The Barn
Bryan Dietrich (bio)
When we packed it all up—gently used empty spirits
boxes, cardboard hives designed for Big Beauty
tomatoes, mildly odiferous milk crates, newsprint,
poster tubes, strapping tape—neither knew this
would be our last move together. Nor did we
suspect what little we would see of it again. Last
I looked, just before we left, it still stood there,
in the barn, on the farm that’s no longer a farm,
stacked back and back against the black rafters
where digger wasp and wood bee nest. Two
marriages and twenty years later, I still say “Barn”
when asked where X is. It’s not like I give a shit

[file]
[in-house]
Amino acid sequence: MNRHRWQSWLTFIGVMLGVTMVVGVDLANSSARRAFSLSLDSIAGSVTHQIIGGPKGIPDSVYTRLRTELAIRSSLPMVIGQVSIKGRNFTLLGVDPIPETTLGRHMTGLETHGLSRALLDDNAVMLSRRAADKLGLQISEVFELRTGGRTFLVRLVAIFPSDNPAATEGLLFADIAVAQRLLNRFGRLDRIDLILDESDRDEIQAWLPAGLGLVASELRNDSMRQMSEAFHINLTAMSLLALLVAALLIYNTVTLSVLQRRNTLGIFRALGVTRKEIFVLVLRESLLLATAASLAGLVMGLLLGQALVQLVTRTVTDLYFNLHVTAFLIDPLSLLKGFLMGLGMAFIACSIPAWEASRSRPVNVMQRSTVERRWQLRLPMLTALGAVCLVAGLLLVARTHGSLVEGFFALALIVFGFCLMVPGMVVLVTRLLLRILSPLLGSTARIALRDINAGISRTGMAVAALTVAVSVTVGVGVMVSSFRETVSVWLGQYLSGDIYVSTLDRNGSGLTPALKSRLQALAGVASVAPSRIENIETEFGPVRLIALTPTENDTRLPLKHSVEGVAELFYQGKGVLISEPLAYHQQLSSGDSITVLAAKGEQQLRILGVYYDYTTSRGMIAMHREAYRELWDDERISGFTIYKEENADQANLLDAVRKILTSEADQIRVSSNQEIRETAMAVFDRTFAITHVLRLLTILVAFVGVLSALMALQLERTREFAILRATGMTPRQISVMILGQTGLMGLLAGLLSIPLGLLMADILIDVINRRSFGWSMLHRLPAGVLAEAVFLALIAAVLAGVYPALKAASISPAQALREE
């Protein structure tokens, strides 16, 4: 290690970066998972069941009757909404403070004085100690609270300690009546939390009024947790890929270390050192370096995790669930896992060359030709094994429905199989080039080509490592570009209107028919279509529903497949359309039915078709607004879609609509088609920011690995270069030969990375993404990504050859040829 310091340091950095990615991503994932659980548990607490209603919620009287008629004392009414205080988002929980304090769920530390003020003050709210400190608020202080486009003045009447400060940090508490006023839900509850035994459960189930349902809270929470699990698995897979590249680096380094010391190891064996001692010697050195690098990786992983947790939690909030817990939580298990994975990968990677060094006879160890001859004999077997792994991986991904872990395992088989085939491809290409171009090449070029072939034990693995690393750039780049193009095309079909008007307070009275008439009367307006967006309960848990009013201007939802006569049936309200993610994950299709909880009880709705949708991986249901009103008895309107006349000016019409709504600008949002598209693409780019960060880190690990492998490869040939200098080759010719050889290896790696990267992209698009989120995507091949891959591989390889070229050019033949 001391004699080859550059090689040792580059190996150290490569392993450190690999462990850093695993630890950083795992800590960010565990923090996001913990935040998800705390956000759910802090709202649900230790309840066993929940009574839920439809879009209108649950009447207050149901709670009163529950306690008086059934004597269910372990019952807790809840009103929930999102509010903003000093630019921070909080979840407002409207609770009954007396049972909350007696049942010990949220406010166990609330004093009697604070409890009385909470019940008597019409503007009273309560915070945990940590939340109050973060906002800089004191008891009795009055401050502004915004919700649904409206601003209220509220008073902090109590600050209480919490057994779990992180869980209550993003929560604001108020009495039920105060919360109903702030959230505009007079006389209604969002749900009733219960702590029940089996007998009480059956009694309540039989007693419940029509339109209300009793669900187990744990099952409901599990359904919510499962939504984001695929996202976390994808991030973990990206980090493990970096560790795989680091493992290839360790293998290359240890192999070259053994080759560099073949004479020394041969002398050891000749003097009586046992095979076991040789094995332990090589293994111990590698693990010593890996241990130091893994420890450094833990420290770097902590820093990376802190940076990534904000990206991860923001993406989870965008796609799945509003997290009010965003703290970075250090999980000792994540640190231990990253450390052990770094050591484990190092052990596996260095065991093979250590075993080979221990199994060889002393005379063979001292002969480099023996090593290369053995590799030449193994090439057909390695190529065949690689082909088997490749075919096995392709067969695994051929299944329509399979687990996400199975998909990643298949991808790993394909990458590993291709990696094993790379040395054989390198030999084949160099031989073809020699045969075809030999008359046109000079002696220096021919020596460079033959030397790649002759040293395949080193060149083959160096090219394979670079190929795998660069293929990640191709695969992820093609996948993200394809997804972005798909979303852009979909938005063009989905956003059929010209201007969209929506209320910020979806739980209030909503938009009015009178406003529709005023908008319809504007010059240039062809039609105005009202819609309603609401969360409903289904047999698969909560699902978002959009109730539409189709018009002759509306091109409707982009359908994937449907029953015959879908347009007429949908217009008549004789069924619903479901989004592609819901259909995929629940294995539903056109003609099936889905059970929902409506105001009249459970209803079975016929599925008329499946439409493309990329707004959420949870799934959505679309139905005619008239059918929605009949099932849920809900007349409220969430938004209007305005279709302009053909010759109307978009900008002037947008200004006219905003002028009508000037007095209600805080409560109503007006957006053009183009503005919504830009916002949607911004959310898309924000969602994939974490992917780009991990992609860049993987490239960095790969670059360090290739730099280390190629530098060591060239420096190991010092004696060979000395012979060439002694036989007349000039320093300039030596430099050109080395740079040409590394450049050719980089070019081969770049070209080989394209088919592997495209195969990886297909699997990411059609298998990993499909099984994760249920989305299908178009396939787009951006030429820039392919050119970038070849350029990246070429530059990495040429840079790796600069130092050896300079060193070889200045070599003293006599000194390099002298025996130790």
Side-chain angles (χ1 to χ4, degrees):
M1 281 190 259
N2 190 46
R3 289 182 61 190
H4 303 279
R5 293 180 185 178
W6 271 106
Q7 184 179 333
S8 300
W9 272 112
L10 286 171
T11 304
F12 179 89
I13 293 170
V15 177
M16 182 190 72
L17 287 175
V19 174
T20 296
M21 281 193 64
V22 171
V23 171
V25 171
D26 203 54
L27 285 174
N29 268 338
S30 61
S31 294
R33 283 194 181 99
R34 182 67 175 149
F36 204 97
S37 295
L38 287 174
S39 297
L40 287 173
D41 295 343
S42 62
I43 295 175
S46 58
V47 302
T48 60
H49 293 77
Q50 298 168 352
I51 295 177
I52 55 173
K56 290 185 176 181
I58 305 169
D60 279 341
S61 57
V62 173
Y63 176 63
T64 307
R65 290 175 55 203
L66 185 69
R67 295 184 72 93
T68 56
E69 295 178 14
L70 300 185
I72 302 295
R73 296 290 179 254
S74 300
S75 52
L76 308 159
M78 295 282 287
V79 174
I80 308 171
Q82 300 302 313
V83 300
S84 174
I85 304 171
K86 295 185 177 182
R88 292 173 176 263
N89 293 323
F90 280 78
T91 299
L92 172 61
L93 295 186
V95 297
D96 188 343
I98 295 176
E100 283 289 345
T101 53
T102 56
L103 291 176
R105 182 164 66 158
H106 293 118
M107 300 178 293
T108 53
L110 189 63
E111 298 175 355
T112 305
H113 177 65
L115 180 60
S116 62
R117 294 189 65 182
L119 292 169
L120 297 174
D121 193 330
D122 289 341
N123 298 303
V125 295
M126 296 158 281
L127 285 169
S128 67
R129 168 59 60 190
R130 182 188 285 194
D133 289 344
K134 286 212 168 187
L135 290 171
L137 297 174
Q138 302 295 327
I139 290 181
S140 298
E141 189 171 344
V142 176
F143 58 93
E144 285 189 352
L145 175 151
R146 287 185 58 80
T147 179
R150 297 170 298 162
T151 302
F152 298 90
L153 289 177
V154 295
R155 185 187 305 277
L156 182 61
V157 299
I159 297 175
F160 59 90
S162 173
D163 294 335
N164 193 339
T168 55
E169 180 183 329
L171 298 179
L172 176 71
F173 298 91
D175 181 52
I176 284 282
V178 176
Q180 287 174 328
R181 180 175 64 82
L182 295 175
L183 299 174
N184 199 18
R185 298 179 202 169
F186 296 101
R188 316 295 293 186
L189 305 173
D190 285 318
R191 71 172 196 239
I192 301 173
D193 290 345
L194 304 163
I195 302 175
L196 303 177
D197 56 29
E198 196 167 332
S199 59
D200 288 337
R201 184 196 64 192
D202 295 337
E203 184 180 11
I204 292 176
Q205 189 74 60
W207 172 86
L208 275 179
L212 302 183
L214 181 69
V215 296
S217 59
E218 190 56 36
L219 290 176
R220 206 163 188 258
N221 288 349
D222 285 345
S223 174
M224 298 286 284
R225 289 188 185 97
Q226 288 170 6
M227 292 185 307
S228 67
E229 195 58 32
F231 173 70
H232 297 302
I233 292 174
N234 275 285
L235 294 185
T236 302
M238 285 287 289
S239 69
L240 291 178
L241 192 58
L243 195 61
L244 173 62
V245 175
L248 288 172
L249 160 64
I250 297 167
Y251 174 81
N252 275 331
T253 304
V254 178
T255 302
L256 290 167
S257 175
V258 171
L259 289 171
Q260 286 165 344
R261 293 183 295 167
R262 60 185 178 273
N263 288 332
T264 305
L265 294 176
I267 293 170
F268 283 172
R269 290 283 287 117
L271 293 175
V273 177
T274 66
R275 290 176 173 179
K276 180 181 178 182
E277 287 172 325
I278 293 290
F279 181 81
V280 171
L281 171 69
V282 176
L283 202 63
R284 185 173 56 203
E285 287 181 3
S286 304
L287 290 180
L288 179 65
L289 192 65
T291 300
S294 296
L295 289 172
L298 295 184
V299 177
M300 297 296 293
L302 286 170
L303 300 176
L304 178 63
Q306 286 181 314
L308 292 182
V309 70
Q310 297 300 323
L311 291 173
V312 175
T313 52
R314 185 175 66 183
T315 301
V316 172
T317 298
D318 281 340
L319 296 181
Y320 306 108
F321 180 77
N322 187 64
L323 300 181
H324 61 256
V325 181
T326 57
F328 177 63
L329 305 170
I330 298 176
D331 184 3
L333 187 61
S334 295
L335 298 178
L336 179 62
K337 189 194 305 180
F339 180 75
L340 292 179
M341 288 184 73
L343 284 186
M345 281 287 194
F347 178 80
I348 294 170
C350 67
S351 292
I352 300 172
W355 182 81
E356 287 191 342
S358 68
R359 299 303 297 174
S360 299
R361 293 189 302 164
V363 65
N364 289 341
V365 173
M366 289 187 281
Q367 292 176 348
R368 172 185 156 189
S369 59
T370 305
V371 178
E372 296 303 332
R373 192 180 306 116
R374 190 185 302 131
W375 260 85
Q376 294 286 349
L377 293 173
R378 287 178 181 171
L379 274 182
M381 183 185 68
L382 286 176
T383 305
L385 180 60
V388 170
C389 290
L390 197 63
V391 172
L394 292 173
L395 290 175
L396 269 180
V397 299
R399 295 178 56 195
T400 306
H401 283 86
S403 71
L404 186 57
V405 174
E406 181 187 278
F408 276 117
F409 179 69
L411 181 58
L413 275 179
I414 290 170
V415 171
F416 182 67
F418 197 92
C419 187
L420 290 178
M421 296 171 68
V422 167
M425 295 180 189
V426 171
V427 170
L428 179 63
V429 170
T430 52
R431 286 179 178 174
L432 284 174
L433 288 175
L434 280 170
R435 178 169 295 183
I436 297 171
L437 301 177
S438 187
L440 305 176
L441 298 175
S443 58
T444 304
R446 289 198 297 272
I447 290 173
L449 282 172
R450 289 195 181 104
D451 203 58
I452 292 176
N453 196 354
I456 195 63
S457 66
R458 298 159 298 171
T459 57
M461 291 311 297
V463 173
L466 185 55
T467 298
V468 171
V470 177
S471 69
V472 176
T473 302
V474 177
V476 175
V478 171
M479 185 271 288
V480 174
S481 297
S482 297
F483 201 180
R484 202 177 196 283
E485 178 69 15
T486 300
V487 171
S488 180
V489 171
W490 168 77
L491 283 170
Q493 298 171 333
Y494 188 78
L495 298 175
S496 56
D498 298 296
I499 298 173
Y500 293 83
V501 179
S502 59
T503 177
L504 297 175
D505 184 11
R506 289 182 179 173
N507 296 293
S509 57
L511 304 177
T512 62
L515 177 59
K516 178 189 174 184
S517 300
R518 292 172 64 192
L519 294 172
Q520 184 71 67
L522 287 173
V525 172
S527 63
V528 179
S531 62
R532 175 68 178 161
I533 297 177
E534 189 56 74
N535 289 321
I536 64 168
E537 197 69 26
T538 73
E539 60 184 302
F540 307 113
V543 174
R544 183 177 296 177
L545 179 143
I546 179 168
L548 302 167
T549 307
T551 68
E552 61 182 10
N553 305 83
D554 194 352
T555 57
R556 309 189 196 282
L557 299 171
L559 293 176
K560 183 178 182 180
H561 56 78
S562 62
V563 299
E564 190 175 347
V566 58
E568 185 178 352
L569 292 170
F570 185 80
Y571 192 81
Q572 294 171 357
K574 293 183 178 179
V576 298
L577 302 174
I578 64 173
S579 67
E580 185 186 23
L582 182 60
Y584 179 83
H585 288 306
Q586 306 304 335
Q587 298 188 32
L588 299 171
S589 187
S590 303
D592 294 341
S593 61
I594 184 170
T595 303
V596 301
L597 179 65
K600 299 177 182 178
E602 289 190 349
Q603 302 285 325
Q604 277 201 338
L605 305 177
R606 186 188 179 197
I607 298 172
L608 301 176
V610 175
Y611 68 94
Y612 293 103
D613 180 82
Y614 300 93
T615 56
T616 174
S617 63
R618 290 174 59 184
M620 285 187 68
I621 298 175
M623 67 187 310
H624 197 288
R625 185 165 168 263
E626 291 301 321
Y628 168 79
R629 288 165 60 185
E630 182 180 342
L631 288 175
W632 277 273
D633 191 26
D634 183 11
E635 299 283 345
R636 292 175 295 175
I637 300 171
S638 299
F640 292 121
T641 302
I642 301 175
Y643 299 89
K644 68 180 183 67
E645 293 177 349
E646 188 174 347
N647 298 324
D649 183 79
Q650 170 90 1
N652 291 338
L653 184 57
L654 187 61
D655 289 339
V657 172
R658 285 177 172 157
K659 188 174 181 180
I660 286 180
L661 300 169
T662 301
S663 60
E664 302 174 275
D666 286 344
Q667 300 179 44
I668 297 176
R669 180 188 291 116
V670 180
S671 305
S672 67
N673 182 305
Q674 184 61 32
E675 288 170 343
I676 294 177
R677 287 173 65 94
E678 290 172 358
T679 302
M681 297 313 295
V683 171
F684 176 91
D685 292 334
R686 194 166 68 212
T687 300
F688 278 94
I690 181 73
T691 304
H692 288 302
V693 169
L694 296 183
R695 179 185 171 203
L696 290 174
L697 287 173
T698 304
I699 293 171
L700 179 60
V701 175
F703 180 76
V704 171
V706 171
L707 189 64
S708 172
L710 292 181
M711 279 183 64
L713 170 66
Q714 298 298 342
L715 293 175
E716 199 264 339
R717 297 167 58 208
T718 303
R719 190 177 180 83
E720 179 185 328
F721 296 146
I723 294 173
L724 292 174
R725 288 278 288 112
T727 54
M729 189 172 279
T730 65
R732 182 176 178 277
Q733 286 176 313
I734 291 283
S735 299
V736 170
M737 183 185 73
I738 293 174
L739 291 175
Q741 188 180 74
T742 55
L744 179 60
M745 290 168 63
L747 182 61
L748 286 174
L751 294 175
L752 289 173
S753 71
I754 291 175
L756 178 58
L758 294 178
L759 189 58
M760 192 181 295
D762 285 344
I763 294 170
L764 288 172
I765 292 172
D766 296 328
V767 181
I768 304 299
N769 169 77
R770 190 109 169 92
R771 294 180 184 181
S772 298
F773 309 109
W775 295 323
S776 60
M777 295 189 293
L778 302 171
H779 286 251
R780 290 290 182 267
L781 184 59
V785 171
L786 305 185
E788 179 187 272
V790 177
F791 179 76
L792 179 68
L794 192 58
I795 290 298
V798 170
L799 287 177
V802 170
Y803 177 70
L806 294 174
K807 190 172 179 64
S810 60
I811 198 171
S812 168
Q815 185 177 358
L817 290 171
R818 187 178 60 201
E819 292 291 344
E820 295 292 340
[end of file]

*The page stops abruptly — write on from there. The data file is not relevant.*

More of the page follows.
about the oak table or the waterbed or the tie dyes.
But my first robot, Rom? My remote control R2-D2?
Moon base with rocket launcher and lunar lander?
Barn. My nearly complete set of Micronauts,
Biotron, Baron Karza, and Acroyear included?
Barn. First printing of my first bad book?
Barn. Videosphere, lava lamp, fully articulated
black knight in made-to-scale, pre-pieced armor?
Barn. Original remake of King Kong movie poster,
two hundred Big Little books, Bomba the Jungle
Boy, records, comics, oh God, the comics….
Barn. At this point, it could be anything. Rock’em
Sock’em Robots, Quick Draw McGraw bedsheets,
magic books, smoking skulls, happier sisters.
A mother who doesn’t scream Mrs. Bates, father
who doesn’t have a mind of winter. No bad
students, no bankrupt bookstores. Walter Cronkite
again. Frank Frazetta again. Bradbury. Bradbury.
More poems, more wine, cats that don’t die. All of it
waiting, there in that barn, there among the wood bees.


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